Taro Okamoto, known for his avant-garde sculptures and paintings, is one of Japan’s most famous modern artists. His home and studio were, after his death in 1996, opened to the public in the form of a small museum. All of Okamoto’s works including the famous Tower of the Sun, located in Expo Park in Osaka, were conceived here. Many of Okamoto’s drawings, sketches, and sculptures, as well as reference materials (which often focuses on post-war culture), are on display here. The studio itself was built by the famous Japanese architect, Junzo Sakakura. With its concrete walls and lens-shaped roof, the studio itself is regarded as a fine work of modern architecture. The space also features a sculpture garden, where Okamoto’s sculptures stand among tropical plants.
Who was Tarō Okamoto?
Tarō Okamoto (岡本 太郎 February 26, 1911 – February 9, 1996) was a prolific Japanese artist and writer famous for his abstract and avant-garde paintings and sculpture. He was born on February 26, 1911, in Kanagawa, Japan and lived in Paris for a decade. Shortly after entering the oil painting department of the Tokyo Fine Arts School in 1929, he accompanied his parents on a trip to Europe and, after the trip, decided to stay there. From 1933 to 1937, he was a member of the group Abstraction-Création. The many artists and intellectuals Okamoto was associated with during his stay in Paris included Georges Bataille, André Breton, the leader of Surrealism, and Kurt Seligmann (1900–62), a Swiss Surrealist artist, as well as Pablo Picasso, Man Ray, Robert Capa and Capa’s partner, Gerda Taro, who adopted Okamoto’s first name as her last name.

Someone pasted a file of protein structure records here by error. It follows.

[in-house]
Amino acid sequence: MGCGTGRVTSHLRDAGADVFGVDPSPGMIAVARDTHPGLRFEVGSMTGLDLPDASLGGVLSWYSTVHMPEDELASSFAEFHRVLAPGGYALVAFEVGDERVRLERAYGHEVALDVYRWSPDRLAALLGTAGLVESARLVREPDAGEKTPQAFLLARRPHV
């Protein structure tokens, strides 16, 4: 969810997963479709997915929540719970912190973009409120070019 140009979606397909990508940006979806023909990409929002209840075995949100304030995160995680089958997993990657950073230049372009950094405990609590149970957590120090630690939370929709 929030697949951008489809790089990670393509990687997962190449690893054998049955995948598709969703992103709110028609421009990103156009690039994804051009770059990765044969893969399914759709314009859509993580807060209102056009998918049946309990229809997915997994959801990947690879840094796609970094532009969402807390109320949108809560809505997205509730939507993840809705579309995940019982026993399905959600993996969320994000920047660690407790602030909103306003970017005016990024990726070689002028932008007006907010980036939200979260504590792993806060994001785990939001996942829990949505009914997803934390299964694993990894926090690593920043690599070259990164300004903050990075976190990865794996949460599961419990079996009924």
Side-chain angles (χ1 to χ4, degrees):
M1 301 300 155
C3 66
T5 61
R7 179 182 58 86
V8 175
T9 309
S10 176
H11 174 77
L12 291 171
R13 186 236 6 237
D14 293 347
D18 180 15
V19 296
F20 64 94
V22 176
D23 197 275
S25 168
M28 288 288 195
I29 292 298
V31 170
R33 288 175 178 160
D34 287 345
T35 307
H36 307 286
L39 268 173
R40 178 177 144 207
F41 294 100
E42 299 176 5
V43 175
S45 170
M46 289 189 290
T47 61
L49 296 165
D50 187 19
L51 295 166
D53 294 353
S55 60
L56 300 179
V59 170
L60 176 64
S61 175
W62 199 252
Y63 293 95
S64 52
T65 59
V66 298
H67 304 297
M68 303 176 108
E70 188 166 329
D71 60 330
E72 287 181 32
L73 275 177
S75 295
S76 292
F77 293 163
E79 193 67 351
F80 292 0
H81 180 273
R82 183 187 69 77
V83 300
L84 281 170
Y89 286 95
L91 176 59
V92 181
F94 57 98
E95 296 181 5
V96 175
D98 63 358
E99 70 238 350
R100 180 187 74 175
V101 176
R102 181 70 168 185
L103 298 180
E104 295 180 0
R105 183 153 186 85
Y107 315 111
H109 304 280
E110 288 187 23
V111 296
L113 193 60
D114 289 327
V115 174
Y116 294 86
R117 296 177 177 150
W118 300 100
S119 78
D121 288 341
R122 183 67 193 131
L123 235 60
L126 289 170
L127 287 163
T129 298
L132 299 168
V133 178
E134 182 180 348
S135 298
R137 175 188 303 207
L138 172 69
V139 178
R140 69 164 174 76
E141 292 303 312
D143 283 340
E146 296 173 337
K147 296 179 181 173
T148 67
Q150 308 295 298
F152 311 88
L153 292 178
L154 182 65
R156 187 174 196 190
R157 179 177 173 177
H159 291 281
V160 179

In 1938, being inspired by Pablo Picasso’s work which focused on Oceania, Okamoto decided to study, at the Sorbonne, under the guidance by Marcel Mauss, ethnology. Throughout his career, Okamoto’s ethnological interests is visible in his works. Following the German invasion of France, he returned to Japan in 1940 and joined a group of anti-mainstream Japanese artists, Nika-kai (Second-Section Society) which awarded Okamoto? the Nika Prize at the 28th Nika exhibition.
Okamoto worked in both abstract and Surrealist styles in Paris, but he came to believe the two movements were incompatible. In response to this conflict, he introduced, in 1947, the core of his artistic principle: Taikyoku-ism (polarism)—the communion of opposites. Based on this framework, he created works such as Dawn (1948), Heavy Industry (1949), and Law of the Jungle (1950). The following year, along with critic Kiyoteru Hanada, he established the Yoru-no-kai (Night Society) to integrate avant-garde art and literature. Throughout the 1950s and 1960s, Okamoto focused on executing public projects, which included installations in subway stations and government buildings in Japan. He alsopainted a monumental mural for a hotel in Mexico: Tomorrow’s Mythology (1968)—depicting a human figure being hit by an atomic bomb. In 1961, Okamoto withdrew from Nika-kai as well as all of the other art circles he had been previously associated.
Art is like the sun. The sun provides limitless light and heat. Even if you have been sunbathing, the sun doesn’t put out its hand and say, ‘Hey, that was lovely and warm, how about giving me some money?’ does it?— Tarō Okamoto
Tarō Okamoto believed that art should be available to all, should be shared by everybody in the same way, like the sun. He left numerous works that question the nature of art. This is a common theme in his work, like an anthem to the indomitable life of humanity. To him, art was not something special; it was life itself, believed that the fact there was value in art was sufficient proof of this. He refused to sell his work, rejecting the idea that art should be valued solely for its uniqueness. It was his ideal that art should be taken back from its owners, connoisseurs or researchers, should be given to ordinary people—shared—its “original form”.